More than 99 percent of Comcast shareholders voted on Wednesday to support a company proposal that continues the march towards a merger with Time Warner Cable.
Comcast announced the news at its special shareholders meeting Wednesday morning at the Kimmel Center for The Performing Arts in Philadelphia, reporting that the overwhelming majority of its shareholders supported the company’s proposal to issue 2.875 shares of Comcast Class A common stock for every one share of Time Warner Cable common stock.
Of course, this doesn’t mean that the merger — which was announced back in February — is a done deal. Time Warner Cable shareholders will vote on similar merger terms on Thursday, and the merger will then be subject to several FCC regulatory approvals and customary conditions.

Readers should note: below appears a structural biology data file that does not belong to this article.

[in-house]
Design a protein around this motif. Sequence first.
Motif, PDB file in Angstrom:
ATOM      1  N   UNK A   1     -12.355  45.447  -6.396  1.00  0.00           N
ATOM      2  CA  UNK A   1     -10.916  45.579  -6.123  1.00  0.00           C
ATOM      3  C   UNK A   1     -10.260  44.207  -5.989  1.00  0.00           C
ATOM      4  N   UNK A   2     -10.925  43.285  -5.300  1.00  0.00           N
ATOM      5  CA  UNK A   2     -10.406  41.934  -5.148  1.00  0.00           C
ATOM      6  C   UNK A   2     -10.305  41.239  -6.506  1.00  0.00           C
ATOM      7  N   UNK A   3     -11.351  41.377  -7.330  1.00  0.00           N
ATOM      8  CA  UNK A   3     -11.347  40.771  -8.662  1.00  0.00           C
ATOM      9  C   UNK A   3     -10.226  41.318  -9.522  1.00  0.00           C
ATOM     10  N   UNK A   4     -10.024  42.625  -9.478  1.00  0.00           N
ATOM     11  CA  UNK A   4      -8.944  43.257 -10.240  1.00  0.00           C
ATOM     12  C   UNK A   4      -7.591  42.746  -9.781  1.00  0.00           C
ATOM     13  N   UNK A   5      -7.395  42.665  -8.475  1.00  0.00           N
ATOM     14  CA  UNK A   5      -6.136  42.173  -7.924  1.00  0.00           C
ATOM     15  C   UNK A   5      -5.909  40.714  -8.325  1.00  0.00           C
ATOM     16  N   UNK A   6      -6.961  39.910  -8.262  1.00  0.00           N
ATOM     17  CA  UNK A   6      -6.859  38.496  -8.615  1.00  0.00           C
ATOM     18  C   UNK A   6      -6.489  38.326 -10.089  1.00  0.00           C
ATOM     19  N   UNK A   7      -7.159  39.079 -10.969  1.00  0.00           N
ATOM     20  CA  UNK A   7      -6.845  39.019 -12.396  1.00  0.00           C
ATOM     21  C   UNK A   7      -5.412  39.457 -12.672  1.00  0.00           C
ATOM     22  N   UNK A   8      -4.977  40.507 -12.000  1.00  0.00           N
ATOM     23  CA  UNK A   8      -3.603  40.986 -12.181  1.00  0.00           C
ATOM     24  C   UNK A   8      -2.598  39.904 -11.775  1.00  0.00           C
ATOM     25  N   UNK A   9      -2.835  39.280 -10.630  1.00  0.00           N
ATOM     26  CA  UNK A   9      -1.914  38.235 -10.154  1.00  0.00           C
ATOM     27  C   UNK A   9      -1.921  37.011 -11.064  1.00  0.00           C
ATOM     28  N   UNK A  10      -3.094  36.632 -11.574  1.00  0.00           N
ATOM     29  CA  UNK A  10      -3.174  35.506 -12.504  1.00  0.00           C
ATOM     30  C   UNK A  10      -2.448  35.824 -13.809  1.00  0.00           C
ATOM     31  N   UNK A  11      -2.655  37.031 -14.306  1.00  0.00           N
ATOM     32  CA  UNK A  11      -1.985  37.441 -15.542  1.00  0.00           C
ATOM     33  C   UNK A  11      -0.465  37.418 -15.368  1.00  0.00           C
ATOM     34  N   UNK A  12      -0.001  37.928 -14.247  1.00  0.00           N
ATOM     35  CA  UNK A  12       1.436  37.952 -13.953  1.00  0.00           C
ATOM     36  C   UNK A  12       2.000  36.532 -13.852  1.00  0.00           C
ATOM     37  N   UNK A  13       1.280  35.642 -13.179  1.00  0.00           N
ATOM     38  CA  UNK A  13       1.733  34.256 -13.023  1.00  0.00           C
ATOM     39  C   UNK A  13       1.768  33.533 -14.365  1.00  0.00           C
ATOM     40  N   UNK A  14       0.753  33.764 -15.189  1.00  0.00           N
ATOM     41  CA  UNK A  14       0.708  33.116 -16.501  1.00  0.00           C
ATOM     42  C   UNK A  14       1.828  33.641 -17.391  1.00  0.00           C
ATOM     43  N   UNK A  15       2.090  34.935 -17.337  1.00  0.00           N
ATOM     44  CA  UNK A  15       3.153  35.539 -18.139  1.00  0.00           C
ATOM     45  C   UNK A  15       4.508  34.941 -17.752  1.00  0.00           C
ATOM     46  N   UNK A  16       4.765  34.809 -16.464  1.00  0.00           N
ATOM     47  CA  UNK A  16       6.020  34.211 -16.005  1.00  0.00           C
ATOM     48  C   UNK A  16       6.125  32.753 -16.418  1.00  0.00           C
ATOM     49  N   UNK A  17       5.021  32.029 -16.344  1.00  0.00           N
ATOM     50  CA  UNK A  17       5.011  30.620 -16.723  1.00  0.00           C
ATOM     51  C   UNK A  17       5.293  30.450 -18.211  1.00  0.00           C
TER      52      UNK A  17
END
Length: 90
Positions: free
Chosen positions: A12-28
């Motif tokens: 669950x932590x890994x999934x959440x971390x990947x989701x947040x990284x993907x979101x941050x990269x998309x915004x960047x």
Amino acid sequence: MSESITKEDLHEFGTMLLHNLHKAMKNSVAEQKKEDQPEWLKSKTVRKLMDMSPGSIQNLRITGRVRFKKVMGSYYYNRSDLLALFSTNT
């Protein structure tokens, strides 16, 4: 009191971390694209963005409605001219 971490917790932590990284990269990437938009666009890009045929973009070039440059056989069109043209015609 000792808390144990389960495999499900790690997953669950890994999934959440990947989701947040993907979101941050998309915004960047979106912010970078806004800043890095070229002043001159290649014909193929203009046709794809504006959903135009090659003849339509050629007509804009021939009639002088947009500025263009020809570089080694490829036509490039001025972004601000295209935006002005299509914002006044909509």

If all procedures go according to plan, the $45 billion deal will close in early 2015. The combined company would control roughly 35 percent of the country’s cable customers.
Amidst complaints that the merger could reduce competition and adversely affect Net Neutrality (in recent weeks Netflix, DirecTV, and Discovery Communications have all spoken critically about the move), Comcast has gone out of its way to assure customers that the combined company will ensure an open Internet and continued protection of its customers.
Comcast has also said that the resulting company will increase Internet speeds 13 times in 12 years, will build a Wi-Fi network that plans to reach 8 million hotspots by the end of the year, and will invest billions in new technologies. The company has also committed to increased investment in its Internet Essentials program to bring Internet access to more low-income families than ever before.